In a blistering post David Gaughran takes on a newly formed ‘self-publishing’ company (if you want to know why I use the quotes, check out my self-publishing basics. I’m going to be updating that post in a couple minutes) and the literary agents backing it.
Whether you’re a published author, or are considering it, this post is a ‘must read.’
Click here for the post.
If you’re planning to self-publish an ebook, and don’t have the skills, you’re in luck. Amazon’s experimenting with an automated ebook cover generator (on the lines of CreateSpace’s cover generator. And it’ll be free.) About time, I say.
The Digital Reader has more details on this.
With so many (inexpensive) options available to authors who are not traditionally published (and even those who are), literary agents are having to reinvent themselves. An interesting post from The Passive Voice.
Kobo, the Japanese counterpart to Amazon, is running a limited time promotion. Between September 1 and November 30 all ebooks priced between $1.99 and $12.99 will earn their authors 80 percent royalty (vs. Amazon’s 70%).
If the book is priced outside of this range, the author will earn 45% royalties (vs. Amazon’s 35%).
Kobo, anyone? kobobooks.com/KoboWritingLife
There’s an interesting post on a wordpress blog by someone who calls herself VacuousMinx, on rushing to publish. She talks about an author who’s been engaging her reviewers, making changes to her book based on reader suggestions and re-uploading, if there’s such a word, to Amazon. At what point do you cross the line from engaging readers of your books, to using them as your beta readers?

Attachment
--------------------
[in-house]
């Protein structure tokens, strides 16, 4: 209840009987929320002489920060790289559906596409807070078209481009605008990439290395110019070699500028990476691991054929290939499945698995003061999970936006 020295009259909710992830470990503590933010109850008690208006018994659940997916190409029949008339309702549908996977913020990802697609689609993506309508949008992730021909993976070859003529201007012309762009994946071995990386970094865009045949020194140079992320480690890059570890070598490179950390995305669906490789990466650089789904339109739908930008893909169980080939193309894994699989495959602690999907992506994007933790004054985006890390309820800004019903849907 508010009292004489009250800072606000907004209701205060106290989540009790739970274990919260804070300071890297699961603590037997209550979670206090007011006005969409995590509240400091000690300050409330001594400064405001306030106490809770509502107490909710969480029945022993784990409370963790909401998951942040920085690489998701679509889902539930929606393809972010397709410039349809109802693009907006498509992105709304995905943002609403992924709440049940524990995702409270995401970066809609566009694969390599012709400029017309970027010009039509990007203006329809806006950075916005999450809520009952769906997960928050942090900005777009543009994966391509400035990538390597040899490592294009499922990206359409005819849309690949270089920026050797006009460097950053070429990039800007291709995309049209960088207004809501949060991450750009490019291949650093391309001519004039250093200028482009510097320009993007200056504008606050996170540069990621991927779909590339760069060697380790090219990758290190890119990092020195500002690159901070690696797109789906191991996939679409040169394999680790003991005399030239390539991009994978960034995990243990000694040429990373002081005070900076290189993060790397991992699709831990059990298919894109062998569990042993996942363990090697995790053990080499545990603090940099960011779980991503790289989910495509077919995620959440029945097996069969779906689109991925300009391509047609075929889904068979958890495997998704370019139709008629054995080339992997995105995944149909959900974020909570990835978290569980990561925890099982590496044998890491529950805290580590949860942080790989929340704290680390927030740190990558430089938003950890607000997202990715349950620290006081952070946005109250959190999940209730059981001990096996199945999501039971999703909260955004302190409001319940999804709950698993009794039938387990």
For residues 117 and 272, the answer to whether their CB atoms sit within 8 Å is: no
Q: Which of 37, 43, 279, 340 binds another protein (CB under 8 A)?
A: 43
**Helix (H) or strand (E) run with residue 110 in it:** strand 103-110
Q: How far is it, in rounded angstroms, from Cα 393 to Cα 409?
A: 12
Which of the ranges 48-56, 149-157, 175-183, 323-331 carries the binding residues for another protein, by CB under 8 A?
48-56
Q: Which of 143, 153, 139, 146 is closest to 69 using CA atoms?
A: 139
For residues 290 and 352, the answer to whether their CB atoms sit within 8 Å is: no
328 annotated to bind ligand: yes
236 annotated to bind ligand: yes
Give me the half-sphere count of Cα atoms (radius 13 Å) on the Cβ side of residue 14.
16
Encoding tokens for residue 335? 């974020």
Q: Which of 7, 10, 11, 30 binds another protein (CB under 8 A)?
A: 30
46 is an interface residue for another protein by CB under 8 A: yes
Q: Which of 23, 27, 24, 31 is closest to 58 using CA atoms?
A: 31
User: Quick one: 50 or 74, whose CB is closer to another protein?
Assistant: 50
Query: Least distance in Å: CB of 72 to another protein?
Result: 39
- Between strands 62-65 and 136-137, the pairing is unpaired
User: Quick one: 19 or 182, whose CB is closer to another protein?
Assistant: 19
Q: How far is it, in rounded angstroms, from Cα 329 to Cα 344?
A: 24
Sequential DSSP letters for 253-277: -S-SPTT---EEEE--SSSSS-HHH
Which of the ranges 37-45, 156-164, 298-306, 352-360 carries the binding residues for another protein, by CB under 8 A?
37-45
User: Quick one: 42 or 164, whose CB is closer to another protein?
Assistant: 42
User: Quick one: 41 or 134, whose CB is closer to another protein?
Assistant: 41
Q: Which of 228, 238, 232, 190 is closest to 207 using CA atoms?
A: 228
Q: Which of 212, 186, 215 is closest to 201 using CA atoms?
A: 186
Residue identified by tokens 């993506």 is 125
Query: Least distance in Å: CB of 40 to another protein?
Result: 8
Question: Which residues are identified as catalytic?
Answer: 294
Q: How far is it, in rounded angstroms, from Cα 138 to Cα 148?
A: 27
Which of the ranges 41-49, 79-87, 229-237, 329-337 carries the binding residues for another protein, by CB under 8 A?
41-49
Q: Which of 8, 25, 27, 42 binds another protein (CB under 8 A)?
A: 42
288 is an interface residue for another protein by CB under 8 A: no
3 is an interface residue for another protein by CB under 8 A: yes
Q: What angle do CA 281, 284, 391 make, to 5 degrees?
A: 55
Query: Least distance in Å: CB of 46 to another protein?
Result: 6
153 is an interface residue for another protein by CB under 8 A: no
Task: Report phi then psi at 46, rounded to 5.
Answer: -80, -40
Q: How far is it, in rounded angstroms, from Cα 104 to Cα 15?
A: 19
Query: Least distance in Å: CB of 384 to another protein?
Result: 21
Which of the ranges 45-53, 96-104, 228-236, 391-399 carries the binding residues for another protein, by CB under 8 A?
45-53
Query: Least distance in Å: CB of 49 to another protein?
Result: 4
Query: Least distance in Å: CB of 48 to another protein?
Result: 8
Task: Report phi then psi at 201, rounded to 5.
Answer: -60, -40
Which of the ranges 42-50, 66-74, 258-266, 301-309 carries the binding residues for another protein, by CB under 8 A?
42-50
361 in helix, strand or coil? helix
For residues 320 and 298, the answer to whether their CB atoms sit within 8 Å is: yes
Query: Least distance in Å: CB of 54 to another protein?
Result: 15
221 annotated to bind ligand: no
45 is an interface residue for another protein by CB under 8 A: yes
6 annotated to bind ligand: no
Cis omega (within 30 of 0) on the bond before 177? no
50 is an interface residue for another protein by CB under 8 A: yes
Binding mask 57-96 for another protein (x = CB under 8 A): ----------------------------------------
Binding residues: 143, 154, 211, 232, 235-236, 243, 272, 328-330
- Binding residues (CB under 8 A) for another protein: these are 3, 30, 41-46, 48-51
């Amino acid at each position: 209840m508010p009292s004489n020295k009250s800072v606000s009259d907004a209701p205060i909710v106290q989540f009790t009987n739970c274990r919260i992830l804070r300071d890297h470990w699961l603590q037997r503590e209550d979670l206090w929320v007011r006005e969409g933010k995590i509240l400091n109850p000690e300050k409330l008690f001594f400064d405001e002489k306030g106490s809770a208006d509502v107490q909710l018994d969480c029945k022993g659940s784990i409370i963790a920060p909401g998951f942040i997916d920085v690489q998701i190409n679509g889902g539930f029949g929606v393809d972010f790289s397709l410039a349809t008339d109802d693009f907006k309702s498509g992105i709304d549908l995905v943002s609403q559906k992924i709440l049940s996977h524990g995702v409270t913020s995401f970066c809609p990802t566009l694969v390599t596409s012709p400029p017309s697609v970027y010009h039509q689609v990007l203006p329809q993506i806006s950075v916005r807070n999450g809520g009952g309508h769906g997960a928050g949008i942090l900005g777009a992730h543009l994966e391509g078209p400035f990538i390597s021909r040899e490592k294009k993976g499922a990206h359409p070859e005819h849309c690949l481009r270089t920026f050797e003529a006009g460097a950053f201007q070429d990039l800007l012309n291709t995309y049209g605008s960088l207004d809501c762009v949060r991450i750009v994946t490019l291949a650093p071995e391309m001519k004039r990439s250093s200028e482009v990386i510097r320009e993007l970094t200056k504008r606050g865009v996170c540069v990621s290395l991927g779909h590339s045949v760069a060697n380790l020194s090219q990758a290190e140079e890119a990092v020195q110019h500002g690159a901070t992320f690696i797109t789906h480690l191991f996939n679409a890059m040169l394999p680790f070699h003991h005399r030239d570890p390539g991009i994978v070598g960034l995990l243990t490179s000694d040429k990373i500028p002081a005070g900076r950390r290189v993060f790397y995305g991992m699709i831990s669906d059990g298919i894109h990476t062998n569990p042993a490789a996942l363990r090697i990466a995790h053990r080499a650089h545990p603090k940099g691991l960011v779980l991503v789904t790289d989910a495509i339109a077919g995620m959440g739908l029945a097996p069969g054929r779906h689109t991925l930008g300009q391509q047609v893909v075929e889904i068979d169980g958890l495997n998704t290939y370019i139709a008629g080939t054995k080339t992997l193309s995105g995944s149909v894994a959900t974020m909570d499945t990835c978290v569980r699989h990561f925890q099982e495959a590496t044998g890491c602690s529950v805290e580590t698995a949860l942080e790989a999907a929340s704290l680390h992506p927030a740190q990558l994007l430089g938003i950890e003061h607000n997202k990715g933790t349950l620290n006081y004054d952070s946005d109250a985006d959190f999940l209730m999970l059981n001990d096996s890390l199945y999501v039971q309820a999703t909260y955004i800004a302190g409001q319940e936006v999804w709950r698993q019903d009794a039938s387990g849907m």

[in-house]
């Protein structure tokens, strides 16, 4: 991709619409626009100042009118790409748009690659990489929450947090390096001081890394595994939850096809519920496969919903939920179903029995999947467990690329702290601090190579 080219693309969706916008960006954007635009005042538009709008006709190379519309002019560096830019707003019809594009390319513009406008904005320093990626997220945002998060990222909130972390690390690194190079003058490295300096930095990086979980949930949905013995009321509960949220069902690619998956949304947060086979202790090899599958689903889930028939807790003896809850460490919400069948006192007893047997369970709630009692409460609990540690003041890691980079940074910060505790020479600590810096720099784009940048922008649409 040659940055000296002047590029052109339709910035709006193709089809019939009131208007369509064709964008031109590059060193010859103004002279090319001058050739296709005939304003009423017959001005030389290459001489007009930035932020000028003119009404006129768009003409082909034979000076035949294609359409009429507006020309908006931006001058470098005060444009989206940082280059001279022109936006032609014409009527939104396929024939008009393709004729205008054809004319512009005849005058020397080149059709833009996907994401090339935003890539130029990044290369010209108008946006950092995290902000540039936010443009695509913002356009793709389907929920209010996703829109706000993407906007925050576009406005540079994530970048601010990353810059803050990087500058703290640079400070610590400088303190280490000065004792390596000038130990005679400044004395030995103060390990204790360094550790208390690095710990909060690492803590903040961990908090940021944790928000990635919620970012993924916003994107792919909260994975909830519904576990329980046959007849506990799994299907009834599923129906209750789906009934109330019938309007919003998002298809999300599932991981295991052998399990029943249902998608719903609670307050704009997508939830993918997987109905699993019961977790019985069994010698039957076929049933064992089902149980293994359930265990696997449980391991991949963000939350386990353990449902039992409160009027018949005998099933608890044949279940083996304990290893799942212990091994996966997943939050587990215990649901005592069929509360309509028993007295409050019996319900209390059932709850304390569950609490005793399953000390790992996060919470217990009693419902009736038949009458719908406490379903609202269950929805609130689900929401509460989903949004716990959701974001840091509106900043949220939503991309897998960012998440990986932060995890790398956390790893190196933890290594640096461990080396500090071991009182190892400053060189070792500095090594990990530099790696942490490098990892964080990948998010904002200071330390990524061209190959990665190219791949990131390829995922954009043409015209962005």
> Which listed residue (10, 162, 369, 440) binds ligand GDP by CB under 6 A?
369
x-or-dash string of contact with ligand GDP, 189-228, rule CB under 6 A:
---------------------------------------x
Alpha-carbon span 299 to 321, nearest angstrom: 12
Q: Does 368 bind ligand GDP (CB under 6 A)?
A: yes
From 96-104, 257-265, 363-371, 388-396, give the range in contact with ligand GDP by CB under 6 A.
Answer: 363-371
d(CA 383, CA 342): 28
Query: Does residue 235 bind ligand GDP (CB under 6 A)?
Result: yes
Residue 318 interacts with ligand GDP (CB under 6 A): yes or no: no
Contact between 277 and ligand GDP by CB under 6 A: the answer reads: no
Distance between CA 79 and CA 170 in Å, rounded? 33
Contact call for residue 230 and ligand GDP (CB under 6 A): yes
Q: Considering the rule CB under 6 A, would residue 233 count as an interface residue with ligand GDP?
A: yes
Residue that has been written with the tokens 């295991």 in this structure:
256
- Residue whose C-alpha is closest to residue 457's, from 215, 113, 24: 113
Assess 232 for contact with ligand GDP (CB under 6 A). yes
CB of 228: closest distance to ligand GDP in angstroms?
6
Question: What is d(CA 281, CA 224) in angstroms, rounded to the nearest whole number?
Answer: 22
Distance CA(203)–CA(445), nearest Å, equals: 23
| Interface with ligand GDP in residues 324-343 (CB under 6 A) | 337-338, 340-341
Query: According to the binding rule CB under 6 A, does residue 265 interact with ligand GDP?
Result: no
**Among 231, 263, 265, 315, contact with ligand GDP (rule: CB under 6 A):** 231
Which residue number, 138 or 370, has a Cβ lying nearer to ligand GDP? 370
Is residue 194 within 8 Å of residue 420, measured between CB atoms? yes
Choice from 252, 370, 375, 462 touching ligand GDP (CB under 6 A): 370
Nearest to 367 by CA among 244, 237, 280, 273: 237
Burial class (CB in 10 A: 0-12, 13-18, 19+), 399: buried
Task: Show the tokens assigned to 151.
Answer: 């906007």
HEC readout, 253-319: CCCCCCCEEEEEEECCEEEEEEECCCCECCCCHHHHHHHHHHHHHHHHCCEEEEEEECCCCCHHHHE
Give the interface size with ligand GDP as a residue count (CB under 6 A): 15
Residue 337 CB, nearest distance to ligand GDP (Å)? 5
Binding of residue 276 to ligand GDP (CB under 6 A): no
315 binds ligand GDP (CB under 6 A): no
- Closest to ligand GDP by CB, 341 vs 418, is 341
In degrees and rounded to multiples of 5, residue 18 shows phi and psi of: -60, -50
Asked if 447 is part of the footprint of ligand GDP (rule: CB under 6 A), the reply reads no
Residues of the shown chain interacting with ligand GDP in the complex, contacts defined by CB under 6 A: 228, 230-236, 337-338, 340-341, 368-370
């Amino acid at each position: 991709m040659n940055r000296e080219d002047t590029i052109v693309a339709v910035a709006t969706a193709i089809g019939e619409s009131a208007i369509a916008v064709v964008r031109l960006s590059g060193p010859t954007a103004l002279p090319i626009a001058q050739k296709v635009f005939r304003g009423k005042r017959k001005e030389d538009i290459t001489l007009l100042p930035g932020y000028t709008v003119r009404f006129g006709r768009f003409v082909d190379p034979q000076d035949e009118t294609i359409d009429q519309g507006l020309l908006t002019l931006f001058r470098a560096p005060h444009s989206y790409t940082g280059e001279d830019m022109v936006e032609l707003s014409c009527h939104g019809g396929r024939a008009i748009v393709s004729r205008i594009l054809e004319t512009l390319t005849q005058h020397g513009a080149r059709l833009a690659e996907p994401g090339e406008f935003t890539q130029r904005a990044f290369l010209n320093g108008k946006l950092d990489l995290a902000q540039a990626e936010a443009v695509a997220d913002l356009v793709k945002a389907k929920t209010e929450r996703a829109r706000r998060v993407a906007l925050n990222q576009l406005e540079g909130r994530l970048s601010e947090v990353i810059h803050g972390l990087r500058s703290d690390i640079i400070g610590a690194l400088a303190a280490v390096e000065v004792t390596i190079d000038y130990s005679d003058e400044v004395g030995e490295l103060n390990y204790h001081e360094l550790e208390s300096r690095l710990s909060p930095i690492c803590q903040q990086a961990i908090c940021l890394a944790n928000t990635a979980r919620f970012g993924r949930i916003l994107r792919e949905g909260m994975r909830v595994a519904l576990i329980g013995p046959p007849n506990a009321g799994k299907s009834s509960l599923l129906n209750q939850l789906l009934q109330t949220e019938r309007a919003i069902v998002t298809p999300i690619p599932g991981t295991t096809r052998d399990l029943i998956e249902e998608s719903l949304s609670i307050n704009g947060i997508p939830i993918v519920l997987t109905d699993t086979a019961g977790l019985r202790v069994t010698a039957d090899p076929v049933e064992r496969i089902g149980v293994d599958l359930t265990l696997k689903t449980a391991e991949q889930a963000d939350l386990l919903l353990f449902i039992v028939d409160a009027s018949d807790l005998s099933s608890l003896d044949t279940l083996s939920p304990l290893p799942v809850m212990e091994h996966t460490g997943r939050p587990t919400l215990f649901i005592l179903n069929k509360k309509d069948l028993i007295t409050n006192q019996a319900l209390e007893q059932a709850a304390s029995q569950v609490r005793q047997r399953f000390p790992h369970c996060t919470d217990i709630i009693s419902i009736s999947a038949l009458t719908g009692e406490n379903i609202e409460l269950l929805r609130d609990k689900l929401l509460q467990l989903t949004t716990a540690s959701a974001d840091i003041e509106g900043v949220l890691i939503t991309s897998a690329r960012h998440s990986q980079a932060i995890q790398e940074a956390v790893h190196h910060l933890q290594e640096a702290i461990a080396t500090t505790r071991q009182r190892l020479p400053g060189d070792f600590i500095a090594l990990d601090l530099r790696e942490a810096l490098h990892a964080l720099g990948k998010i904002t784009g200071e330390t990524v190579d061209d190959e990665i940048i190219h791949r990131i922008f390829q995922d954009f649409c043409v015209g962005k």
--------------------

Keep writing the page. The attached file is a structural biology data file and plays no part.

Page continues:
Apparently another author made changes to her book based on reader feedback (the 1 star ones), and i now sells both versions online; f she gets complaints about the ending, she suggests the reader buy the other copy as well.
What do you think about this?
A report in techcrunch.com says, and I quote:
The Association of American Publishers released a report today that shows that ebooks have beaten hardcover revenues for the first time. Ebook revenues topped out at $282.3 million YTD while hardcovers hit $229.6. Almost exactly a year ago the tables were turned with ebooks hitting $220 million and hardcovers brushing past $335 million.
All the more reason to hang-on to the rights of your ebooks. Someone I know of signed a deal with a small press. They’re getting 30% of the ebook revenues after Amazon takes their cut. I don’t know how much the publisher will price the book at, but lets say it is $5. The publisher makes 70% of $5, which is $3.50. The author nets 30% of $3.50 = $1.05.
Since paperback sales are declining, I don’t like the idea of giving ebook rights away, since it is so easy to upload to Amazon yourself.
I know, I know – the publisher does the editing and book cover, you’re saying. But you can hire a professional editor and book cover designer yourself for a *one time fee.* By paying out royalties, someone else is making money on your work into perpetuity. For paperbacks, where there is distribution and warehousing and promotion, in addition to editing and print book formatting and cover designing, I can see the need for royalties.
But for ebooks?
So you think Amazon is a monopoly? Now comes the news that Microsoft is set to enter the ebook space. Click here for the story from the Apple Insider.